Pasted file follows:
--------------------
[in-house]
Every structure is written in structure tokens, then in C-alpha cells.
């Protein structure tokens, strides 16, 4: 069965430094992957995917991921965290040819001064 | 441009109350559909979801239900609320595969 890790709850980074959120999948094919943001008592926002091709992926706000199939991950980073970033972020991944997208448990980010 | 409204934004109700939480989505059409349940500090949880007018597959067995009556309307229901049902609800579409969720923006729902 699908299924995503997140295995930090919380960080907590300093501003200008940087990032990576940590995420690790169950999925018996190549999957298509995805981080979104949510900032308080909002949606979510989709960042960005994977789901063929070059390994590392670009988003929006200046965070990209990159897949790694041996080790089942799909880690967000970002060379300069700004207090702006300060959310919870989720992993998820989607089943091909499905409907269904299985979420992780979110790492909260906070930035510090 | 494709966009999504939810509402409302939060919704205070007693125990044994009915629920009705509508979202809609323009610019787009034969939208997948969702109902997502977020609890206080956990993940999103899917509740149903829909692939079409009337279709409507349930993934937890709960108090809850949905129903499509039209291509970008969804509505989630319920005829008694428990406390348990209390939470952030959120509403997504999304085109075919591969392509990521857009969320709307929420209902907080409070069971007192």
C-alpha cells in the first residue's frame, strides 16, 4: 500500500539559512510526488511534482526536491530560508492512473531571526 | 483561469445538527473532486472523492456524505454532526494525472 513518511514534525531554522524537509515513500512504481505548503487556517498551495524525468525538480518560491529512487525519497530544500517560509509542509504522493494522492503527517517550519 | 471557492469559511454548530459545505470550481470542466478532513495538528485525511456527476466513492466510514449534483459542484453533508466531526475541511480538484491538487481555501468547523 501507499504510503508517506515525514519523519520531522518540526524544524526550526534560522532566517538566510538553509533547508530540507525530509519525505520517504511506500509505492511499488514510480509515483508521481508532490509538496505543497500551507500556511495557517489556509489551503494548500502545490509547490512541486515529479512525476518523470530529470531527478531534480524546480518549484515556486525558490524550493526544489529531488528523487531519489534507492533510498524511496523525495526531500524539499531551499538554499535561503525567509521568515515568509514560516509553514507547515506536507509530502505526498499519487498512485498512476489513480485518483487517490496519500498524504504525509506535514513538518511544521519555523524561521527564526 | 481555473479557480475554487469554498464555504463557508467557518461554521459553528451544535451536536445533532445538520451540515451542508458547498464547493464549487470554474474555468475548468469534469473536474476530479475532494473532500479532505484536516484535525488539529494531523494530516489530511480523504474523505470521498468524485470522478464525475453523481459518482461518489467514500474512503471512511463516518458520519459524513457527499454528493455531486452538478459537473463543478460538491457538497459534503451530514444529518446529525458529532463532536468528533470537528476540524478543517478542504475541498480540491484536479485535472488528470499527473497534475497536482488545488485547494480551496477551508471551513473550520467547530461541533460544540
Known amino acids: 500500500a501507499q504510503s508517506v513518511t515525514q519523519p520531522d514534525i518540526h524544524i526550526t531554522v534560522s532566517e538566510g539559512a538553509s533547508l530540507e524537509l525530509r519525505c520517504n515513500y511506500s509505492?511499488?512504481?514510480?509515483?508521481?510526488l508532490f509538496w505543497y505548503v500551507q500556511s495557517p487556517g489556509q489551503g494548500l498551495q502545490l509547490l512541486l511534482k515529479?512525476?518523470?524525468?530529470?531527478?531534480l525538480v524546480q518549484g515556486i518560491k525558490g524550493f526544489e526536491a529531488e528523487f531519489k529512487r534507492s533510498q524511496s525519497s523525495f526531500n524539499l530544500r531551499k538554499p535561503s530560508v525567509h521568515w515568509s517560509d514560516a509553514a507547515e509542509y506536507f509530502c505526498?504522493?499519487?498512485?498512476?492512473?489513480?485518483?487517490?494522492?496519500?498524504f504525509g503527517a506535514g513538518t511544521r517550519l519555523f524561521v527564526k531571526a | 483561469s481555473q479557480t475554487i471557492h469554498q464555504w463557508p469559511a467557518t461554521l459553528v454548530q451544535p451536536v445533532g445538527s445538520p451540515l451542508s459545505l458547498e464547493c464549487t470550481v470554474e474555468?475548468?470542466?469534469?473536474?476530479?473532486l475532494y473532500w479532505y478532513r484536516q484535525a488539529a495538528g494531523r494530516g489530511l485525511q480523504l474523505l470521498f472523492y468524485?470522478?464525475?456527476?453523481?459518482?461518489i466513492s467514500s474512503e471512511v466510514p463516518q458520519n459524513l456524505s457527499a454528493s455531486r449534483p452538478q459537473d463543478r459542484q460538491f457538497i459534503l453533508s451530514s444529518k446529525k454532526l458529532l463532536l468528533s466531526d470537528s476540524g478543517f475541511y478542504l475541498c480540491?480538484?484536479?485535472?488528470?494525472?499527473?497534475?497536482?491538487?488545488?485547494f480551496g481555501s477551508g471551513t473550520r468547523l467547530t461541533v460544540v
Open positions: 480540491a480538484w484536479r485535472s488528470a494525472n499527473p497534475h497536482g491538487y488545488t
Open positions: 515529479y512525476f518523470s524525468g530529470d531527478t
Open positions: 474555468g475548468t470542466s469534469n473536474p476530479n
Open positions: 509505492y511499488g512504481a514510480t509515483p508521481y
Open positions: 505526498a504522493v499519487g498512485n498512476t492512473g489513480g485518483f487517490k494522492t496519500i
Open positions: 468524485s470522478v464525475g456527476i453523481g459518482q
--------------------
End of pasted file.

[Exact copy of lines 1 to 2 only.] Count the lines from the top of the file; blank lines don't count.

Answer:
[in-house]
Every structure is written in structure tokens, then in C-alpha cells.